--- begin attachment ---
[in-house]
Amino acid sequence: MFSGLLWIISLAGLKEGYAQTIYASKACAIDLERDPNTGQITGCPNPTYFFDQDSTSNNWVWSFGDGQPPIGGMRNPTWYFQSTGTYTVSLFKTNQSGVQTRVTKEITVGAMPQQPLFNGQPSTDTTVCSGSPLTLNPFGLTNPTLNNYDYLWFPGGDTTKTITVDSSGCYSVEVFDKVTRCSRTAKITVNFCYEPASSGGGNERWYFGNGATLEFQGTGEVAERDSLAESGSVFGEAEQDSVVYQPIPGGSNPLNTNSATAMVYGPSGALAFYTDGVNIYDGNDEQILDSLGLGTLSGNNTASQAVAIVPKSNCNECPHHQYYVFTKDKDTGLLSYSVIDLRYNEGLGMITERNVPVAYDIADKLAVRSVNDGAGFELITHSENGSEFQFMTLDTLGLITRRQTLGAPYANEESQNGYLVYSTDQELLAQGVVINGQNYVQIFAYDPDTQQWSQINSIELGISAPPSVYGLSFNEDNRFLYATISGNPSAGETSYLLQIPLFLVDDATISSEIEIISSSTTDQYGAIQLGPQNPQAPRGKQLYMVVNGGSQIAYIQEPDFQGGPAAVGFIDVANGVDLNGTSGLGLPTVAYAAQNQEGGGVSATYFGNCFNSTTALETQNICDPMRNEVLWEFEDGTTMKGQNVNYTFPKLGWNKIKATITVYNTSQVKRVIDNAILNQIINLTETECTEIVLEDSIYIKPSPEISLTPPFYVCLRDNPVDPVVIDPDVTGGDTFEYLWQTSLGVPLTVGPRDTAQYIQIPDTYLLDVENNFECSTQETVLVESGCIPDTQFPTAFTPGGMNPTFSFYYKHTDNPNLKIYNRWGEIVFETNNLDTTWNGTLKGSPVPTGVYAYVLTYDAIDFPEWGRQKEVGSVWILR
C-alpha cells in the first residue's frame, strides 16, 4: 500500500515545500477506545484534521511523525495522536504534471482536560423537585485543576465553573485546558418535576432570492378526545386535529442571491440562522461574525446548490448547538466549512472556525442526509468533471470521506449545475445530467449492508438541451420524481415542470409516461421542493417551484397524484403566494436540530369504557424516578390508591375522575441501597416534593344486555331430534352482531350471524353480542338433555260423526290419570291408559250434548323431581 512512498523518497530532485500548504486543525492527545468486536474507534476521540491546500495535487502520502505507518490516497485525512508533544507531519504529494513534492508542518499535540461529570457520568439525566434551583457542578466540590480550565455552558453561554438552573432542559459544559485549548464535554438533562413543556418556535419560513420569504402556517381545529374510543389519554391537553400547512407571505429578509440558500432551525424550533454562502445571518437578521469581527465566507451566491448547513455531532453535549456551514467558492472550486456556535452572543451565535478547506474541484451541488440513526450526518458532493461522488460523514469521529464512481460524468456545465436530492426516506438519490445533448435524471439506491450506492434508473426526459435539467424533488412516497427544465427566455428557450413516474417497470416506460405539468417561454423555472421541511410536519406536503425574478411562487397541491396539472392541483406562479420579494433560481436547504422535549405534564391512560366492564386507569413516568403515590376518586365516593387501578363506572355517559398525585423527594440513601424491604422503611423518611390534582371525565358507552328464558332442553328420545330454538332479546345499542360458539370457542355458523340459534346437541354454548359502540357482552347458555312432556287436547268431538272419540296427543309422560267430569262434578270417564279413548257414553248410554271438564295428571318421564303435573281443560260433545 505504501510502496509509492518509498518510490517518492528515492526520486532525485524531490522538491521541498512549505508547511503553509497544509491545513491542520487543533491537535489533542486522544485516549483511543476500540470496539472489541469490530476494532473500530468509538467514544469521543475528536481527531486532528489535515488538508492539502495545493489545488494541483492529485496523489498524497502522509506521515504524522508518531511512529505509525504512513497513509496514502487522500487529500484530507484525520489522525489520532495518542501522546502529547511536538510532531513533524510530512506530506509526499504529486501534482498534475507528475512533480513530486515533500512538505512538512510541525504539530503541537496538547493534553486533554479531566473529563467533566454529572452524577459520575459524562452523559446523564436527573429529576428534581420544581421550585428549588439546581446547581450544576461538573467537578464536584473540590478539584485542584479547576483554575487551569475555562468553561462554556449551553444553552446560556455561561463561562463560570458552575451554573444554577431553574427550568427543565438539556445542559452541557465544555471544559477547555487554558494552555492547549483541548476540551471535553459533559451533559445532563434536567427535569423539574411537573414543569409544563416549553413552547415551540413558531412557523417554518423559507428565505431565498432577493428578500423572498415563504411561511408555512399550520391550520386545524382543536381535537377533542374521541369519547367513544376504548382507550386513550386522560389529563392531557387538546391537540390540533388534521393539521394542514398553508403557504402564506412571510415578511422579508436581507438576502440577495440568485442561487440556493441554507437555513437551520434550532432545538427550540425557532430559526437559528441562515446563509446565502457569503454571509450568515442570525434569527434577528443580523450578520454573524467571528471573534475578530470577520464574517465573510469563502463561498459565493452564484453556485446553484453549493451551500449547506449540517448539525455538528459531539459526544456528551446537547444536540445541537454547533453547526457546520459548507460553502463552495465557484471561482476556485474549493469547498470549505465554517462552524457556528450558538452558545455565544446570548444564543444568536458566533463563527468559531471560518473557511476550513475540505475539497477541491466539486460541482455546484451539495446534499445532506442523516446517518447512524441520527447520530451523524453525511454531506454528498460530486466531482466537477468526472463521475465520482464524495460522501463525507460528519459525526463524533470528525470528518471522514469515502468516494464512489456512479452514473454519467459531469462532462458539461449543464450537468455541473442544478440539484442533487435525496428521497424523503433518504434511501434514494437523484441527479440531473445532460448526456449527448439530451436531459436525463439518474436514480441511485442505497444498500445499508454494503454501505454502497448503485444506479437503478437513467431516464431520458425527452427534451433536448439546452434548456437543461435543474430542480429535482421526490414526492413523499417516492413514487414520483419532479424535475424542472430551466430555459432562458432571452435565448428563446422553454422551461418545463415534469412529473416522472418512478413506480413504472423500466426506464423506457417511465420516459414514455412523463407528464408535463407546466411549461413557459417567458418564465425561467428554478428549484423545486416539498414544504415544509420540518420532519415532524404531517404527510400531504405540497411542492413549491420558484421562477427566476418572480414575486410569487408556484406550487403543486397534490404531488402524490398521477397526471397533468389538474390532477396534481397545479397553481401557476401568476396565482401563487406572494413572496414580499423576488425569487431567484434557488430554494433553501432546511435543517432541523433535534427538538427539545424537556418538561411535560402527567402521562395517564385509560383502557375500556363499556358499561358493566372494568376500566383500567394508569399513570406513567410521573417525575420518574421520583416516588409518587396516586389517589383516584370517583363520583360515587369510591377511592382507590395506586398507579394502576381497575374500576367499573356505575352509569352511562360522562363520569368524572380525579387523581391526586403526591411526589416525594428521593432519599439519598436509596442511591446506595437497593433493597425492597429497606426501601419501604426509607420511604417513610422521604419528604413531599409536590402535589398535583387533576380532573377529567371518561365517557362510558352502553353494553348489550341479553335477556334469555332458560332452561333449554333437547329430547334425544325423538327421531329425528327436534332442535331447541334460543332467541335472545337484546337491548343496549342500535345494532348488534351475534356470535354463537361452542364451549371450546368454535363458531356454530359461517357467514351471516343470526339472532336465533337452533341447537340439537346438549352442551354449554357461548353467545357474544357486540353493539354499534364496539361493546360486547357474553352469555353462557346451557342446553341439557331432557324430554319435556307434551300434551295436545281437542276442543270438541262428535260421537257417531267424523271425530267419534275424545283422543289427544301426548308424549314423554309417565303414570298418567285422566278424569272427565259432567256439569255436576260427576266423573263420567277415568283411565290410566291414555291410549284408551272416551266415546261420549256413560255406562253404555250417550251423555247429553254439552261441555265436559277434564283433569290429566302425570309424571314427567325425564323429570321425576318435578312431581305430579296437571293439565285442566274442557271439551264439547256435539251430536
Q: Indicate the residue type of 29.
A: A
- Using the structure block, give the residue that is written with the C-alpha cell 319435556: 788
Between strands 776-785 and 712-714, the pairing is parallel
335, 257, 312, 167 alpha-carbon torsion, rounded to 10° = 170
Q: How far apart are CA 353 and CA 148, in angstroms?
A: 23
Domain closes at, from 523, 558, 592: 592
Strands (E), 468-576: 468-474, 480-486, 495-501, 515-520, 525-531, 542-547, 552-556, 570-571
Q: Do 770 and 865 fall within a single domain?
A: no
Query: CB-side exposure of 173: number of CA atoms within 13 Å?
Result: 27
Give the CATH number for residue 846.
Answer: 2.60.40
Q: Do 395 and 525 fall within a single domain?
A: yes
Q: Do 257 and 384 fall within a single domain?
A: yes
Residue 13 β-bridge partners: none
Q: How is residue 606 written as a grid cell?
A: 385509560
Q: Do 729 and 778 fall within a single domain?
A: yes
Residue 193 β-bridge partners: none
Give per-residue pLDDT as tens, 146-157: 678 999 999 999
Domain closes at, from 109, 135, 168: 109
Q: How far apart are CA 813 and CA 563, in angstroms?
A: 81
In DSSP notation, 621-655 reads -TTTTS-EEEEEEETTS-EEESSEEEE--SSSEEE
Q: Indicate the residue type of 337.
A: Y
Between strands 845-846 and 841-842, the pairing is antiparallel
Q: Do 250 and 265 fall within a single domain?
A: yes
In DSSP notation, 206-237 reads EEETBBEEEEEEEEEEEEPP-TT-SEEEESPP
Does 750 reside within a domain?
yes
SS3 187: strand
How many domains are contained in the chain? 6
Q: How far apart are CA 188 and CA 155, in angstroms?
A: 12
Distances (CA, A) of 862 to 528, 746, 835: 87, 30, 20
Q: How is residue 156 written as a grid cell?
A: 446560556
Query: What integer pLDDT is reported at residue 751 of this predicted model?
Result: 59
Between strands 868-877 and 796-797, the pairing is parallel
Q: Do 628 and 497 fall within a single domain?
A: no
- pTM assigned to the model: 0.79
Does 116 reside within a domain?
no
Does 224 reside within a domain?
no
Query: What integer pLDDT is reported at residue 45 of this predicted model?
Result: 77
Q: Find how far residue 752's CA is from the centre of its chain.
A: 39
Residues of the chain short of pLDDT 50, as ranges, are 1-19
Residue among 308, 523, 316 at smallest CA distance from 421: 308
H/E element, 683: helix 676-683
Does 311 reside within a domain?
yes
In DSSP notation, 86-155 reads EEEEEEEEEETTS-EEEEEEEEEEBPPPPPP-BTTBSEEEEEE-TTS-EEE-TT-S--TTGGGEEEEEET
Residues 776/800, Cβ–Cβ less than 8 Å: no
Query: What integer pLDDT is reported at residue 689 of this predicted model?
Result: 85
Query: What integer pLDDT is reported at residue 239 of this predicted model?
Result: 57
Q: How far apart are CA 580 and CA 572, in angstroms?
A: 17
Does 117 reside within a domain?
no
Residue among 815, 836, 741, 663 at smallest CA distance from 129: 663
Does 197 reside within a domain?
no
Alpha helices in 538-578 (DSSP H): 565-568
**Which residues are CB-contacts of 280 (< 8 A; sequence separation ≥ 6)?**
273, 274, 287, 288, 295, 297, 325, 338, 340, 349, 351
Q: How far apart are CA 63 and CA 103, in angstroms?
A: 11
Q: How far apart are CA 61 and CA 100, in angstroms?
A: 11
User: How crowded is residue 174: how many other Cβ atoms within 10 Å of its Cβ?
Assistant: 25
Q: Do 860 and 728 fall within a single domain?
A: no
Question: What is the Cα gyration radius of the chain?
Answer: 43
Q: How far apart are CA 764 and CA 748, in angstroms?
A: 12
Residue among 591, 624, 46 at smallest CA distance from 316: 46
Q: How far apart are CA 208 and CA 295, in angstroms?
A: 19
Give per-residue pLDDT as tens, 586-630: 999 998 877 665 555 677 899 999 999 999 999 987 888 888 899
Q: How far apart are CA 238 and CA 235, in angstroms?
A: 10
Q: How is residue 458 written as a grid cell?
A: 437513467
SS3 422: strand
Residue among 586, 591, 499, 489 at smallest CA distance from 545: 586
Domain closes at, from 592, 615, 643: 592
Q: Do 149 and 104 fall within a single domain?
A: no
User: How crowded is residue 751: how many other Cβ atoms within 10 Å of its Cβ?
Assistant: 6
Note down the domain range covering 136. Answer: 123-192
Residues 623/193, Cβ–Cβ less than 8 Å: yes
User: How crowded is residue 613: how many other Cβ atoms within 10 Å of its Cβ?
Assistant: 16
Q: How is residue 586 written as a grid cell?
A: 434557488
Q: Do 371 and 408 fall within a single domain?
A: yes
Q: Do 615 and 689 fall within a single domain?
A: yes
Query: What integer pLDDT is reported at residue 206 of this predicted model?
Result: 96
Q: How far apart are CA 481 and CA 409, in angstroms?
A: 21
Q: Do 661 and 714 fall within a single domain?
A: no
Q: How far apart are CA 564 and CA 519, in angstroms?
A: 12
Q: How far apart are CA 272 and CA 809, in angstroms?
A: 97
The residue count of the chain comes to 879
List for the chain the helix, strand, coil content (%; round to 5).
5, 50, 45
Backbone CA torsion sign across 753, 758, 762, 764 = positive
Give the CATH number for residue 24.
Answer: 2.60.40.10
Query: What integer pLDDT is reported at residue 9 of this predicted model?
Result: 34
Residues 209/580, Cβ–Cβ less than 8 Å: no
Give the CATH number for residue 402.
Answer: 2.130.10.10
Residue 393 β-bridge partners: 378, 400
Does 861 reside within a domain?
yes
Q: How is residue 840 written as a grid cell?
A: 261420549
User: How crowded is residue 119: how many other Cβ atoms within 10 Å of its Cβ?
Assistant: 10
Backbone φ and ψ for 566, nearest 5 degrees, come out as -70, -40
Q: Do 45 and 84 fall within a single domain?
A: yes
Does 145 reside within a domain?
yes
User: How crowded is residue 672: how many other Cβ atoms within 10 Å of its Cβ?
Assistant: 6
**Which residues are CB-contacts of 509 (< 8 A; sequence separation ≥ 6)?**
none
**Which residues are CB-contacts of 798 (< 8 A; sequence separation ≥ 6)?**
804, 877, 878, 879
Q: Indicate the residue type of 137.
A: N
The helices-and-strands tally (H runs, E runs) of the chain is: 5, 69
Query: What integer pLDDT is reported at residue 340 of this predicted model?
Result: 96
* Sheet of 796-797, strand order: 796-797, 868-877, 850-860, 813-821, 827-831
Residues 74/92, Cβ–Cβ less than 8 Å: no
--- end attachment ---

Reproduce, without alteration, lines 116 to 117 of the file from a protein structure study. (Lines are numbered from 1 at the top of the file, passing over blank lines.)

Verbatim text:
A: 434557488
Q: Do 371 and 408 fall within a single domain?